Improvement in battery technology is devastating if we look back at the last 20 years. However, for commercial airline use, batteries are not capable of carrying 200 passengers from point A to B. Low energy density of batteries and lack of fast charging techniques ( 10 to 15 mins of charging are not available on the market) are pioneering challenges of sole electric flight. Recent airport infrastructures also limit scalability of electric propulsion.
In recent market conditions, electrically driven vehicles are limited to personal use only. For commercial trucks and busses, hydrogen and electric powered hybrid solutions are suggested instead of full electric propulsion. The reason is simply to do with the excessive power requirements mentioned earlier. Similarly, for commuting purposes, personal use or low range very light flights could be converted to %100 electric very soon. Otherwise, the airline industry has to wait for battery and charging technology developments which require new advances and innovation in engineering materials. That means that planning a roadmap for pure electric transformation is almost impossible with current technologies. Therefore, commercial aircraft manufacturers do not waste time with pure electricity and they rely on hybrid solutions esentially.
Hydrogen Powered Aircraft
Technical complexities of using Hydrogen as an energy source have already been resolved. In the technical perspective, Hydrogen is burnt in a modified combustion chamber in order to rotate turbines, or it can be used in fuel cells to drive electric engines. In fact hydrogen carries more energy compared to fossil based jet fuel; kerosene. However, the only inconvenient condition in front of widespread usage of H₂ is storage. Since it has more volume, it requires bigger storage tanks in airplanes that change aircrafts’ design and configuration. For long-haul flights, tank capacity is a significant limitation that reduces its profitability.
Decarbonization of air travel via hydrogen is not a new trend. Urban or commercial usage of H₂ has been studied for a long time. However, these studies basically depend on technological research and development. Recent considerations, on the contrary, are highly related to scalability and widespread usage of Hydrogen propulsion.
For instance, the UK based aviation startup, ZeroAvia, focusing only on hydrogen powered aircraft, drafted a timeline that shows how transition from kerosene fuel powered jet engine to hydrogen propulsion is projected to occur.
ZeroAvia’s plan starts with changing general aviation that needs less power and offers less seats. In the timeline, seat capacity starting from 10 with limited mileage will increase to 200 seats with more than 5,000 NM. Within 10 years, mid-range short haul aircraft are expected to have hydrogen plants and operate in domestic networks at short distances. However, the final transformation will take as long as 20 years and not only will it change the aerodynamic structure of aircraft completely, but also the propulsion systems that will be based on hydrogen fuels.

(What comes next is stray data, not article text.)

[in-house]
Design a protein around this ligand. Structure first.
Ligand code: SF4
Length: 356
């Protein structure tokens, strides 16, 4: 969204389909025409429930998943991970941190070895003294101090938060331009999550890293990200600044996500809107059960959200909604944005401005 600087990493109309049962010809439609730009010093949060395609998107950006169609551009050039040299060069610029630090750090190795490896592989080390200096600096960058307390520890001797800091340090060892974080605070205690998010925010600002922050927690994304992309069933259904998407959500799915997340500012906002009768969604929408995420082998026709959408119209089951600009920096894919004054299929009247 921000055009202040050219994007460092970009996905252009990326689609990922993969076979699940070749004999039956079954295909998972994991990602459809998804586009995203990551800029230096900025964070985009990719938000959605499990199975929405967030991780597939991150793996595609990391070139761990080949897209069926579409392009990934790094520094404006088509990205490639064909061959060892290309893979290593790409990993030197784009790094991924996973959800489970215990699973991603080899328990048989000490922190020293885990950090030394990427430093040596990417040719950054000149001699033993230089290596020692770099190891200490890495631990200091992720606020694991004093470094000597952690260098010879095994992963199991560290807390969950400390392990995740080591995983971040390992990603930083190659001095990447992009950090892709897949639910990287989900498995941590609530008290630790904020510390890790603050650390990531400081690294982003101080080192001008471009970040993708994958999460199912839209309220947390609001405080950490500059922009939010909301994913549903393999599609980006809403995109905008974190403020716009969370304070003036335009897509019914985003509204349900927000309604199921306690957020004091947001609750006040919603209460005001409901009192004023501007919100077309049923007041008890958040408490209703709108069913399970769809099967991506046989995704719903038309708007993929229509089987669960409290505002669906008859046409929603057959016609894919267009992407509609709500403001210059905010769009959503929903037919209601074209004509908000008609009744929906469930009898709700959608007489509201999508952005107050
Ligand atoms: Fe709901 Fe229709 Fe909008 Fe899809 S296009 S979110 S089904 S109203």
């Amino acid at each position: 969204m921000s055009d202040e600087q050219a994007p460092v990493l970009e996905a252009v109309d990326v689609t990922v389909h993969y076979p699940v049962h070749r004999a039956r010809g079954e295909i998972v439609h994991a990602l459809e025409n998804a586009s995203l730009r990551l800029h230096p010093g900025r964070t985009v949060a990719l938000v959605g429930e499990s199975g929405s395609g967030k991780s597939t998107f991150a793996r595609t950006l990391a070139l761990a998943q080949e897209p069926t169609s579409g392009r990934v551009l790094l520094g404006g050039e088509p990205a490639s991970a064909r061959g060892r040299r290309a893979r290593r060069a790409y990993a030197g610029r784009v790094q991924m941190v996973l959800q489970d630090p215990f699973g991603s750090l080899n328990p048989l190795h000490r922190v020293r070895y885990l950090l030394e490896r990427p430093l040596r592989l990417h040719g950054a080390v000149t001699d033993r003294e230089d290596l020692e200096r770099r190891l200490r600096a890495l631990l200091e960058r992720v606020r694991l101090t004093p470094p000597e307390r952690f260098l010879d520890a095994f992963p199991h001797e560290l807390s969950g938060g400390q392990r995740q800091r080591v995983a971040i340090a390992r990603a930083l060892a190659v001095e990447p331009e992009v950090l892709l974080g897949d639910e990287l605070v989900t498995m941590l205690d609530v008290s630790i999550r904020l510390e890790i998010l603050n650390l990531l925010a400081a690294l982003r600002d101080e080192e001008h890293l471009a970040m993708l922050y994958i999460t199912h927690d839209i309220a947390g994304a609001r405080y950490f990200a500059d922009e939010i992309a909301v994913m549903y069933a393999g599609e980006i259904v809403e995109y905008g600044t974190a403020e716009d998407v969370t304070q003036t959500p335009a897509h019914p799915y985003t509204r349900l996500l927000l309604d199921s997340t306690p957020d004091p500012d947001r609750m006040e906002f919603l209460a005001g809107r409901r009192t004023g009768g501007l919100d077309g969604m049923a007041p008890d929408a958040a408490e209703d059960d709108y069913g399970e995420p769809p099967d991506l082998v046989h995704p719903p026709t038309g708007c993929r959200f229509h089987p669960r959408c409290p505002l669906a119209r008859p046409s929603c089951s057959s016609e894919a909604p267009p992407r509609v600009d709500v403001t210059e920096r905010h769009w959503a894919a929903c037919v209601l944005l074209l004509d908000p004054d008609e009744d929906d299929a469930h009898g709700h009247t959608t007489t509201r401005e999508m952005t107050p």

ZeroAvia does not suggest only a propulsion solution but also a complex system that starts from energy generation via renewable sources. The company also explains how to convert water and energy into usable hydrogen fuel via hydrogen electrolyzer. This mid step has crucial importance since it requires significant amounts of energy. In order to have zero carbon aviation, this mid-step should be powered with renewable energy resources. Eventually, the final product will be stored in hydrogen tanks and used in fuel cells to propel either gas turbines or electric engines. The concept is very similar to electric car brand Tesla’s offerings, starting from Solar Roof to battery, followed by superfast charger to car.
On the commercial aviation front, Airbus is the leading aircraft manufacturing company that has been investing on reducing CO₂emissions and green air travel. The company offers three concepts which are expected to fly by 2035.
- A turbofan aircraft (120 to 200 passengers with more than 2000NM) having modified jet turbine running on hydrogen,
- A turboprop aircraft (up to 100 passengers with an approximate range of 1,000NM) having hydrogen combustion gas turbine engine,
- A blended-wing body aircraft (up to 200 passengers) merging new aerodynamic design and hydrogen turbofan efficiency, are pole stars for Airbus decarbonization action.
As expected, hydrogen fuel sources and powerplant integration requires significant technical research and development both in infrastructure, design and aircraft systems as well as decisive regulation change. Hydrogen power is only a fairy tale without financial support from industrial partners and authorities’ desire to change.
- Hydrogen-powered aviation, A fact-based study of hydrogen technology, economics, and climate impact by 2050
- CORSIA, RED II; De Jong et al. 2017; GLOBIUM 2015; ICCT 2017; ICCT 2019; E4tech 2020; Hayward et al. 2014; ENERGINET renewables catalogue; Van Dyk et al., 2019; NRL 2010; Umweltbundesamt 2016